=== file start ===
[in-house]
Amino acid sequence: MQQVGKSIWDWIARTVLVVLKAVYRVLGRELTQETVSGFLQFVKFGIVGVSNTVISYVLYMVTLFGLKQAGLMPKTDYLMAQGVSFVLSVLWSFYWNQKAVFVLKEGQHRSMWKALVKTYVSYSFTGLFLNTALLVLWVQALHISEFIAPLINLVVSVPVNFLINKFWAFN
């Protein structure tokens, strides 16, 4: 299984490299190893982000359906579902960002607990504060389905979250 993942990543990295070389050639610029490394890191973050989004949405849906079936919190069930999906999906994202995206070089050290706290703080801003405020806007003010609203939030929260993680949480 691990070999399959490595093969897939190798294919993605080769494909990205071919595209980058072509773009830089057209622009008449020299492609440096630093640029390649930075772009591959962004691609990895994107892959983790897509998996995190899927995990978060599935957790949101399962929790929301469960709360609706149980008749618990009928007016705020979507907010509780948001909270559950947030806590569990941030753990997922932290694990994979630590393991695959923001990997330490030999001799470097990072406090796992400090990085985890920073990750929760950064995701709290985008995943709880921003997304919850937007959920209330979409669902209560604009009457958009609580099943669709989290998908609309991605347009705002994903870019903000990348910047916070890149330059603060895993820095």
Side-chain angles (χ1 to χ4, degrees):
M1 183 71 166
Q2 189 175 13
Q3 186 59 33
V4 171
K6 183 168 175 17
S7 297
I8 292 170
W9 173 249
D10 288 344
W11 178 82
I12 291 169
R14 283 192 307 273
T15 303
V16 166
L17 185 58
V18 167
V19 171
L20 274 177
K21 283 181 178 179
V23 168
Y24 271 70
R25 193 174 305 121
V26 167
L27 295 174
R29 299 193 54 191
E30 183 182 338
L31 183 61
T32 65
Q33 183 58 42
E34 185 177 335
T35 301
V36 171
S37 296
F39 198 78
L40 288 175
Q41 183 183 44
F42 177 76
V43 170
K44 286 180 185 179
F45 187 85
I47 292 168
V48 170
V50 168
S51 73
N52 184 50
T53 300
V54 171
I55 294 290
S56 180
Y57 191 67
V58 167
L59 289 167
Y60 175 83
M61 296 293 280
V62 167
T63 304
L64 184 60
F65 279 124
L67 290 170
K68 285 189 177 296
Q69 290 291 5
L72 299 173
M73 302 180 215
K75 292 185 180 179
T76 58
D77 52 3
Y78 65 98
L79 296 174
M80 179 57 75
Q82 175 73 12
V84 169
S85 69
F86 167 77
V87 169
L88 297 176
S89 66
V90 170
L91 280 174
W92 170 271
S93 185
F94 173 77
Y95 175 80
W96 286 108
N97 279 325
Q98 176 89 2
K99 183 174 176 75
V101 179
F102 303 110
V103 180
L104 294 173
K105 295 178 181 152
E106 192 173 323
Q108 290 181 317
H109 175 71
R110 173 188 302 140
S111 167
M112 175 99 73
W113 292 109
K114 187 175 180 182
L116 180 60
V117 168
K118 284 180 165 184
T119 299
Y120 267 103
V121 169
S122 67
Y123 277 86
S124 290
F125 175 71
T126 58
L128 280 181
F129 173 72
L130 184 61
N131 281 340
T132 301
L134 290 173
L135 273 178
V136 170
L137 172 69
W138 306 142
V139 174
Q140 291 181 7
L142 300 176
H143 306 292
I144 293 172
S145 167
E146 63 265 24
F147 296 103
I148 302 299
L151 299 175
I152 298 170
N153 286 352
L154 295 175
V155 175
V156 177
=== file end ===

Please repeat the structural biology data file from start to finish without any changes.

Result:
[in-house]
Amino acid sequence: MQQVGKSIWDWIARTVLVVLKAVYRVLGRELTQETVSGFLQFVKFGIVGVSNTVISYVLYMVTLFGLKQAGLMPKTDYLMAQGVSFVLSVLWSFYWNQKAVFVLKEGQHRSMWKALVKTYVSYSFTGLFLNTALLVLWVQALHISEFIAPLINLVVSVPVNFLINKFWAFN
């Protein structure tokens, strides 16, 4: 299984490299190893982000359906579902960002607990504060389905979250 993942990543990295070389050639610029490394890191973050989004949405849906079936919190069930999906999906994202995206070089050290706290703080801003405020806007003010609203939030929260993680949480 691990070999399959490595093969897939190798294919993605080769494909990205071919595209980058072509773009830089057209622009008449020299492609440096630093640029390649930075772009591959962004691609990895994107892959983790897509998996995190899927995990978060599935957790949101399962929790929301469960709360609706149980008749618990009928007016705020979507907010509780948001909270559950947030806590569990941030753990997922932290694990994979630590393991695959923001990997330490030999001799470097990072406090796992400090990085985890920073990750929760950064995701709290985008995943709880921003997304919850937007959920209330979409669902209560604009009457958009609580099943669709989290998908609309991605347009705002994903870019903000990348910047916070890149330059603060895993820095």
Side-chain angles (χ1 to χ4, degrees):
M1 183 71 166
Q2 189 175 13
Q3 186 59 33
V4 171
K6 183 168 175 17
S7 297
I8 292 170
W9 173 249
D10 288 344
W11 178 82
I12 291 169
R14 283 192 307 273
T15 303
V16 166
L17 185 58
V18 167
V19 171
L20 274 177
K21 283 181 178 179
V23 168
Y24 271 70
R25 193 174 305 121
V26 167
L27 295 174
R29 299 193 54 191
E30 183 182 338
L31 183 61
T32 65
Q33 183 58 42
E34 185 177 335
T35 301
V36 171
S37 296
F39 198 78
L40 288 175
Q41 183 183 44
F42 177 76
V43 170
K44 286 180 185 179
F45 187 85
I47 292 168
V48 170
V50 168
S51 73
N52 184 50
T53 300
V54 171
I55 294 290
S56 180
Y57 191 67
V58 167
L59 289 167
Y60 175 83
M61 296 293 280
V62 167
T63 304
L64 184 60
F65 279 124
L67 290 170
K68 285 189 177 296
Q69 290 291 5
L72 299 173
M73 302 180 215
K75 292 185 180 179
T76 58
D77 52 3
Y78 65 98
L79 296 174
M80 179 57 75
Q82 175 73 12
V84 169
S85 69
F86 167 77
V87 169
L88 297 176
S89 66
V90 170
L91 280 174
W92 170 271
S93 185
F94 173 77
Y95 175 80
W96 286 108
N97 279 325
Q98 176 89 2
K99 183 174 176 75
V101 179
F102 303 110
V103 180
L104 294 173
K105 295 178 181 152
E106 192 173 323
Q108 290 181 317
H109 175 71
R110 173 188 302 140
S111 167
M112 175 99 73
W113 292 109
K114 187 175 180 182
L116 180 60
V117 168
K118 284 180 165 184
T119 299
Y120 267 103
V121 169
S122 67
Y123 277 86
S124 290
F125 175 71
T126 58
L128 280 181
F129 173 72
L130 184 61
N131 281 340
T132 301
L134 290 173
L135 273 178
V136 170
L137 172 69
W138 306 142
V139 174
Q140 291 181 7
L142 300 176
H143 306 292
I144 293 172
S145 167
E146 63 265 24
F147 296 103
I148 302 299
L151 299 175
I152 298 170
N153 286 352
L154 295 175
V155 175
V156 177